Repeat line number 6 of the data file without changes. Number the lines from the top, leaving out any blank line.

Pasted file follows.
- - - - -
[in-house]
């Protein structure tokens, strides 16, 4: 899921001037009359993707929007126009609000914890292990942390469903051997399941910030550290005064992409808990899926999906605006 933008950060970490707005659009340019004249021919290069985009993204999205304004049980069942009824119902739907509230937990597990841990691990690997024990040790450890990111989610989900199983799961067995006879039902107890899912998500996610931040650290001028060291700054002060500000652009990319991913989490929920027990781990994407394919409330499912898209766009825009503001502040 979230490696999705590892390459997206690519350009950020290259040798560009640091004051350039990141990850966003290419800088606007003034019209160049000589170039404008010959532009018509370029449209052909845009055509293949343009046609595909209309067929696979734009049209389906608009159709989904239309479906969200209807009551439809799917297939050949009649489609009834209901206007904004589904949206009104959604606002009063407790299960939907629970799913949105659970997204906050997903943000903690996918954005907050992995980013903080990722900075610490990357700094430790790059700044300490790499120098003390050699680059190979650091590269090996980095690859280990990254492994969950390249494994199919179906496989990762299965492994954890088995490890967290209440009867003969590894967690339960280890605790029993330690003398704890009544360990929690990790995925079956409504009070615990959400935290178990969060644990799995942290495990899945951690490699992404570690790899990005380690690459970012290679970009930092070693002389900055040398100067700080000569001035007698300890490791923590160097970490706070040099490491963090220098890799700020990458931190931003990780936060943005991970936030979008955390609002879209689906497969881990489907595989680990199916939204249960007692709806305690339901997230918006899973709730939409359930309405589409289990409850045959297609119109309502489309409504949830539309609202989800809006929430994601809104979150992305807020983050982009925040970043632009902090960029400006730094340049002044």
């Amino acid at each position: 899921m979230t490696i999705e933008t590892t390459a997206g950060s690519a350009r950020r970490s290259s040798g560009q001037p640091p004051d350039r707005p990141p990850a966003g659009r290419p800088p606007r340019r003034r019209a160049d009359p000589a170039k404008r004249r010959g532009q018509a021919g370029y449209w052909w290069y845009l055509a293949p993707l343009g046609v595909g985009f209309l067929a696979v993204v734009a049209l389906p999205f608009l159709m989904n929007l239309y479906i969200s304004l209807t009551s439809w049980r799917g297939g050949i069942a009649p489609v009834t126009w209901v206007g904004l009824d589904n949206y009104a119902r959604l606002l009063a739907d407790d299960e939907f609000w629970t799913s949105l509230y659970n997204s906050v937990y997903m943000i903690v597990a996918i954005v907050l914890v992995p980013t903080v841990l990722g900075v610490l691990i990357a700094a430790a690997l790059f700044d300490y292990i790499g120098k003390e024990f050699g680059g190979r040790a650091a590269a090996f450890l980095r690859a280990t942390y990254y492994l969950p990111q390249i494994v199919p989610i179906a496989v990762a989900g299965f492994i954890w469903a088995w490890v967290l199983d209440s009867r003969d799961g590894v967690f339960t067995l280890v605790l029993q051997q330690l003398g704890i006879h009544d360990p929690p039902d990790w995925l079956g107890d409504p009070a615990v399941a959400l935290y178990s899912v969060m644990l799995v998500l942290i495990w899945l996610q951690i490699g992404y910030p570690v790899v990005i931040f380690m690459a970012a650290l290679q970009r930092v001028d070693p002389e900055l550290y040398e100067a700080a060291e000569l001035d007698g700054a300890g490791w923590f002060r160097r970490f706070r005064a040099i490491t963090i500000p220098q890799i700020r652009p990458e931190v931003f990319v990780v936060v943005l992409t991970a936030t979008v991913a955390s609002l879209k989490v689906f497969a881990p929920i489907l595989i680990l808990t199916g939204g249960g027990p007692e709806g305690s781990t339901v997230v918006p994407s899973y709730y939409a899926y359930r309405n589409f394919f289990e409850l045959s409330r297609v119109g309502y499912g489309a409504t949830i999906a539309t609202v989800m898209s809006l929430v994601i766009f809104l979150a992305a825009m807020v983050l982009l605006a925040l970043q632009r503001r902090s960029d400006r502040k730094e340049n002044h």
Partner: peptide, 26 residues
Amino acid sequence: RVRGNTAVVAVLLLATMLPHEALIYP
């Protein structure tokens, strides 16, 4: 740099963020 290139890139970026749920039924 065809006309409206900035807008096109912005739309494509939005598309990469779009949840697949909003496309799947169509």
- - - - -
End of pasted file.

């Protein structure tokens, strides 16, 4: 740099963020 290139890139970026749920039924 065809006309409206900035807008096109912005739309494509939005598309990469779009949840697949909003496309799947169509």